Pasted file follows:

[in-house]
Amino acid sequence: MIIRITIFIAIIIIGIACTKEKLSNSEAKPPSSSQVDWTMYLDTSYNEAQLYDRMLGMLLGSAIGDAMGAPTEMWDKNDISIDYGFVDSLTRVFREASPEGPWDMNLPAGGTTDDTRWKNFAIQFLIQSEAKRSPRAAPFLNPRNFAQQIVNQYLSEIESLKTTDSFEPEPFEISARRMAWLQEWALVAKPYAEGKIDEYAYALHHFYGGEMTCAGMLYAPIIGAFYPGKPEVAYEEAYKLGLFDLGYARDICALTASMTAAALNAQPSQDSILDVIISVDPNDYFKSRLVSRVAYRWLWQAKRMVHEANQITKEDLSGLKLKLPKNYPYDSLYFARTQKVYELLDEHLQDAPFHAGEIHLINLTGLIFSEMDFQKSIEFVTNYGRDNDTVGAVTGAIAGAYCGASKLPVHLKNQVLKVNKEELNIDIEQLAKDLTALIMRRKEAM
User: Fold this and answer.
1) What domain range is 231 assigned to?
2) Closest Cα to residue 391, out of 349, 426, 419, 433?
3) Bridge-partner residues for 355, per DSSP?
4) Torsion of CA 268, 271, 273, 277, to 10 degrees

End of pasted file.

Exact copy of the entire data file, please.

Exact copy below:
[in-house]
Amino acid sequence: MIIRITIFIAIIIIGIACTKEKLSNSEAKPPSSSQVDWTMYLDTSYNEAQLYDRMLGMLLGSAIGDAMGAPTEMWDKNDISIDYGFVDSLTRVFREASPEGPWDMNLPAGGTTDDTRWKNFAIQFLIQSEAKRSPRAAPFLNPRNFAQQIVNQYLSEIESLKTTDSFEPEPFEISARRMAWLQEWALVAKPYAEGKIDEYAYALHHFYGGEMTCAGMLYAPIIGAFYPGKPEVAYEEAYKLGLFDLGYARDICALTASMTAAALNAQPSQDSILDVIISVDPNDYFKSRLVSRVAYRWLWQAKRMVHEANQITKEDLSGLKLKLPKNYPYDSLYFARTQKVYELLDEHLQDAPFHAGEIHLINLTGLIFSEMDFQKSIEFVTNYGRDNDTVGAVTGAIAGAYCGASKLPVHLKNQVLKVNKEELNIDIEQLAKDLTALIMRRKEAM
User: Fold this and answer.
1) What domain range is 231 assigned to?
2) Closest Cα to residue 391, out of 349, 426, 419, 433?
3) Bridge-partner residues for 355, per DSSP?
4) Torsion of CA 268, 271, 273, 277, to 10 degrees